Here we go again Ridge "the glorifications of Bradley" I guess you have to justify yourself because no one else believes you, or at least a very few. While Bradley at 22 is an OK player, but he is not an outstanding midfield player and he will never be. At 19 he started witha lot of promise but by now at 22 as a footballer he shoud be complete and matured on the World Football stage. His game is descending the older he gets. Just as Adu, although I think Adu should/will rebounce. Bradley wasn't recognized in any one of the European clubs as a mainstay let alone as one the key players as he has been let go from each of those less than mediocre teams and gypsying around from clubs to clubs. No solid player goes through as many clubs as he has been in such s hort tenure. The trouble with him in the National Team line up, that he doesn't fit in the Donovan (sometimes Dempsey) formation his playing his own game as it hs been much more evident and obvious in last few games. Due to his place being "rented" in the team Donovan is forced to play out of his position along with some others. Just let me get this right are we building the team around Bradley and trying to fit everybody else in? So that is why Ricardo Clark must play (even though he has been subpar)to back up and "baby sit" Bradley? I could go on and write scores of other issues but I let that finish by the rest the gang (who may have read your whole article)that you are going to get bombarded by. I must admit I didn't read the whole article as I have "short attantion span syndrome" for inane and futile jibberish. I think some of you people at SA are just writers and not very astute to football/futbol/soccer, with the very exception of Paul Gardner.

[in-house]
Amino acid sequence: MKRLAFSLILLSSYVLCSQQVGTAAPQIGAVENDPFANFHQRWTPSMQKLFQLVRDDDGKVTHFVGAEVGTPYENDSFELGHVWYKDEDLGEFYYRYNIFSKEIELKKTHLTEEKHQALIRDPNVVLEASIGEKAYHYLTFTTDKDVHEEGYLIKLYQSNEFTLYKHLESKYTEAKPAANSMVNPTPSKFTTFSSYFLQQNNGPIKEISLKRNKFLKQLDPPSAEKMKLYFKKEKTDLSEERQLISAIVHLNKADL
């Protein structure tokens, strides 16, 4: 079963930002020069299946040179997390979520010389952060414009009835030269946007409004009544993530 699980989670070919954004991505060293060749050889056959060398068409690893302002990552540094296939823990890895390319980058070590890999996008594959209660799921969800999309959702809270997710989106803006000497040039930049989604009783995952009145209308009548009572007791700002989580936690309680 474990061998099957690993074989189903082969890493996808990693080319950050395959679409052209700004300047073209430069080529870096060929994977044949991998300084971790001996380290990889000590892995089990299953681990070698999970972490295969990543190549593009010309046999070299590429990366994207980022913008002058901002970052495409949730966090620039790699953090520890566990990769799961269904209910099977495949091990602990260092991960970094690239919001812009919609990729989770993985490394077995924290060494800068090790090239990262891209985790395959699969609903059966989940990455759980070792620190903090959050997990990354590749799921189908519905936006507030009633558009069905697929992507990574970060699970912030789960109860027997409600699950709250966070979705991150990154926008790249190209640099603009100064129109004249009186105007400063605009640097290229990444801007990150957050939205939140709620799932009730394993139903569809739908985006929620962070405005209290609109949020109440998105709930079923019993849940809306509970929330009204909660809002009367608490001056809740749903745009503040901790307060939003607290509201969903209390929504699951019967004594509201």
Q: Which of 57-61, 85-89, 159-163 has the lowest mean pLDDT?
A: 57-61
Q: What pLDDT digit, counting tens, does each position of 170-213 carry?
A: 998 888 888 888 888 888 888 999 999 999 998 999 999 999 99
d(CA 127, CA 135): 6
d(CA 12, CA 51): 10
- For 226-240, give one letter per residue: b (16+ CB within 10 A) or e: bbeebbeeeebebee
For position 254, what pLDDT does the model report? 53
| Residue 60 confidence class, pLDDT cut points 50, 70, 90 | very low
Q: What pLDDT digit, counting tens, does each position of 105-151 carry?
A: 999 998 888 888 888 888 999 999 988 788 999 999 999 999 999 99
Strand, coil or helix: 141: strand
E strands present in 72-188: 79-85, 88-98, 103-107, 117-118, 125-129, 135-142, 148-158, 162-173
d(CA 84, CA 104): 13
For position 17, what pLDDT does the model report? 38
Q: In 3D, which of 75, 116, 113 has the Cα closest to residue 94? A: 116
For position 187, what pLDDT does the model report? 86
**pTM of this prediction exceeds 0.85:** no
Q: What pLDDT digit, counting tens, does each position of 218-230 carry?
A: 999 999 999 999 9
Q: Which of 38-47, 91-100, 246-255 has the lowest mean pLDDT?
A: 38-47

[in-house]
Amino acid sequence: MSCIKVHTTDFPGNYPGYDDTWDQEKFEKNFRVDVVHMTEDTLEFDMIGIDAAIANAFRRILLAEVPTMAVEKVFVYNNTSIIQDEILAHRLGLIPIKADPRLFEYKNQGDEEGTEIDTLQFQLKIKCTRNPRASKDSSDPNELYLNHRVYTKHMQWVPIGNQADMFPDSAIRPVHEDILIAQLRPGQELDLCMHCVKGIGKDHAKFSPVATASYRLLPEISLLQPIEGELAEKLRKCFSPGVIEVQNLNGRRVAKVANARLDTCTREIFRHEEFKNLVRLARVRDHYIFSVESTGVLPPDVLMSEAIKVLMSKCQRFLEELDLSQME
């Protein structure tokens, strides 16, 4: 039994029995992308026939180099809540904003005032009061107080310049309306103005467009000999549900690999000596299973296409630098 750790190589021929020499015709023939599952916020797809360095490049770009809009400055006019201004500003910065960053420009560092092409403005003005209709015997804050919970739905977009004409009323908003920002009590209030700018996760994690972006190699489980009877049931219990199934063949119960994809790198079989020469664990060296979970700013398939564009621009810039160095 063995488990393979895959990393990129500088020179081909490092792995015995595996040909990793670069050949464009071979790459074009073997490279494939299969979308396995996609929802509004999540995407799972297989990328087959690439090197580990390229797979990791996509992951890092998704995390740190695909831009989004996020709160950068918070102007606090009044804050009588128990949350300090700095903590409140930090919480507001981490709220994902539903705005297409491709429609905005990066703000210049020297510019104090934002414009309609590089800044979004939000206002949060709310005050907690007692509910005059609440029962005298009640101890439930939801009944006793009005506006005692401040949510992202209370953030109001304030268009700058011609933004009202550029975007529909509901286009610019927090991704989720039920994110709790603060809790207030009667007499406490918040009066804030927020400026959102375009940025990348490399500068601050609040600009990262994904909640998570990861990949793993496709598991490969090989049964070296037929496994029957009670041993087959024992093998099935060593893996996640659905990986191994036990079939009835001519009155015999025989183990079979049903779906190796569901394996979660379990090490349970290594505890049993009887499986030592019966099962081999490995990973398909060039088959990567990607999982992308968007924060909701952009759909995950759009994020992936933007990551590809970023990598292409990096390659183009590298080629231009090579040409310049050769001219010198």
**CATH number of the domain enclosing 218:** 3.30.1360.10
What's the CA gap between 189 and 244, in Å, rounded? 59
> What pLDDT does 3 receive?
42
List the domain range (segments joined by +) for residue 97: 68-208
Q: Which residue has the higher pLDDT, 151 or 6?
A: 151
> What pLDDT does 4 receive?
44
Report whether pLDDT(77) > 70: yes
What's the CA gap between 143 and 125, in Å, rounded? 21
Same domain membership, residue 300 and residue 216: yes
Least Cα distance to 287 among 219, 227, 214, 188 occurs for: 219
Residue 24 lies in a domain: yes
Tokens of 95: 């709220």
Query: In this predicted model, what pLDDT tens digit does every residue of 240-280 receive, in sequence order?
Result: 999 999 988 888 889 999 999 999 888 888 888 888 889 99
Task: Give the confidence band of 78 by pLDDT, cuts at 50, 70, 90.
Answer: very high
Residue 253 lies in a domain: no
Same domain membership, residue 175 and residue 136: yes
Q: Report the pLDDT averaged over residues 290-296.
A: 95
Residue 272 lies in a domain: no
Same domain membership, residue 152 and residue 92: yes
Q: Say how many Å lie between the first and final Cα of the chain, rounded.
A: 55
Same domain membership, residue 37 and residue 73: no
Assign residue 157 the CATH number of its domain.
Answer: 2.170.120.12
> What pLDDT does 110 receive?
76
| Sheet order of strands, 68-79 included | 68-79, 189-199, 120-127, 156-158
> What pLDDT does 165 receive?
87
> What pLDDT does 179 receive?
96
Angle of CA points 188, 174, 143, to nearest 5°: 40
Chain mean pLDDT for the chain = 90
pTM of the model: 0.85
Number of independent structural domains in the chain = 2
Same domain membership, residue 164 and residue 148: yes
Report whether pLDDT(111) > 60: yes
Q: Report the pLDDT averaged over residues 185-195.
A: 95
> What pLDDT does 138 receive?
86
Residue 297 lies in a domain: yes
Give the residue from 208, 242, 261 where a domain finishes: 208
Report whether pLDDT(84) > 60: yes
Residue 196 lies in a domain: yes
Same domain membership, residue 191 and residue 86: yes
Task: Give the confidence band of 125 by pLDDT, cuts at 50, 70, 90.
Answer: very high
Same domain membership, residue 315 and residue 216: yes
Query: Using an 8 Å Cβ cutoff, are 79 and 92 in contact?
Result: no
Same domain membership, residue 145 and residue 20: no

1. Bruce Gowan
    commented on: June 16, 2010 at 7:53 a.m.
    I read the article because as I suspected it was a puff piece about a good but not great US player. Bob Bradley will will be "let go" not "retained" after this world cup so the US can hire a real world cup quality coach. The new coach will not use Junior because he is not good enough. Junior tries to use force and hard work to overcome his lack of skill and tactical awareness. His inappropriate forward runs and unpredictable movement on the field make it difficult for the other central midfielder to coordinate. With Junior on the field the other central mid is always covering for him rather than playing the real game. Good bye Bob and Junior. Thanks for your service. Now let's move on.

  1. Tim Elam
    commented on: June 16, 2010 at 7:59 a.m.
    Bradley is a serviceable player, but he is playing a position more vital than his skills. He passing is a weakness, and field vision non-existant. Pay attention to EVERY other team in the World Cup, the best guys on the ball, the best passers are in the middle. We play our two weakest in the middle. This is why we struggle to play ball control. After a couple of passes, Ricardo Clark or Bradley make a mistake. Bradley should be playing the Pablo Mastroeni role.

  1. Christopher Osmond
    commented on: June 16, 2010 at 8:46 a.m.
    Great! He breaks up tackles, but what we need is a playmaker. Both him and Ricardo Clark are the same type: their destroyers, not creaters. Bradley (coach) only sees workrate. Imaginative play is not something that I believe he has a lens for. So yes, count me in the Torres/Holden and even Feilhaber camps as we desparately need an Iniesta, Xavi, Fabregas type midfielder. Otherwise, it will continue to be the long ball over the top to our speedy forwards attack strategy game plan. Disheartening.